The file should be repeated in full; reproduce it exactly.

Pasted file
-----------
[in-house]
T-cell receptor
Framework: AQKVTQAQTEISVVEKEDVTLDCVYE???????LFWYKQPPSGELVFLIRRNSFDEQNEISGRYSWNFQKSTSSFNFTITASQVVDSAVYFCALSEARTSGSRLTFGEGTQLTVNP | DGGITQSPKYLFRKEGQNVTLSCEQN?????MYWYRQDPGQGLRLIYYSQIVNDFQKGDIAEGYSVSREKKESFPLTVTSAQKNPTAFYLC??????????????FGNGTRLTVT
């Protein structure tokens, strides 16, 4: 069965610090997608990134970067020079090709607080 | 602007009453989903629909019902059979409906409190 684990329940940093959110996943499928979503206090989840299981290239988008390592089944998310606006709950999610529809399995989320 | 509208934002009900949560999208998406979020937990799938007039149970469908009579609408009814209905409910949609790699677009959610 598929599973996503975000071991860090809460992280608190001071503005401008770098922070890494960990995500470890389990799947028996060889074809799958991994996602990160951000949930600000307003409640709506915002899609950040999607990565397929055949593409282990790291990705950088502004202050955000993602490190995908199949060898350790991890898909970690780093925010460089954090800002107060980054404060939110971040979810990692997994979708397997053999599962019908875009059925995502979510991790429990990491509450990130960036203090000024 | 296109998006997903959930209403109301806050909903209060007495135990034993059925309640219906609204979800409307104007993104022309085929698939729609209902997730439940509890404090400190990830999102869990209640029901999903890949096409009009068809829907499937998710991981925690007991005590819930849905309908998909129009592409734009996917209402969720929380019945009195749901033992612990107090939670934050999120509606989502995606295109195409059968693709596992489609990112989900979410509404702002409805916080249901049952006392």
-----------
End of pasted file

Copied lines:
[in-house]
T-cell receptor
Framework: AQKVTQAQTEISVVEKEDVTLDCVYE???????LFWYKQPPSGELVFLIRRNSFDEQNEISGRYSWNFQKSTSSFNFTITASQVVDSAVYFCALSEARTSGSRLTFGEGTQLTVNP | DGGITQSPKYLFRKEGQNVTLSCEQN?????MYWYRQDPGQGLRLIYYSQIVNDFQKGDIAEGYSVSREKKESFPLTVTSAQKNPTAFYLC??????????????FGNGTRLTVT
């Protein structure tokens, strides 16, 4: 069965610090997608990134970067020079090709607080 | 602007009453989903629909019902059979409906409190 684990329940940093959110996943499928979503206090989840299981290239988008390592089944998310606006709950999610529809399995989320 | 509208934002009900949560999208998406979020937990799938007039149970469908009579609408009814209905409910949609790699677009959610 598929599973996503975000071991860090809460992280608190001071503005401008770098922070890494960990995500470890389990799947028996060889074809799958991994996602990160951000949930600000307003409640709506915002899609950040999607990565397929055949593409282990790291990705950088502004202050955000993602490190995908199949060898350790991890898909970690780093925010460089954090800002107060980054404060939110971040979810990692997994979708397997053999599962019908875009059925995502979510991790429990990491509450990130960036203090000024 | 296109998006997903959930209403109301806050909903209060007495135990034993059925309640219906609204979800409307104007993104022309085929698939729609209902997730439940509890404090400190990830999102869990209640029901999903890949096409009009068809829907499937998710991981925690007991005590819930849905309908998909129009592409734009996917209402969720929380019945009195749901033992612990107090939670934050999120509606989502995606295109195409059968693709596992489609990112989900979410509404702002409805916080249901049952006392």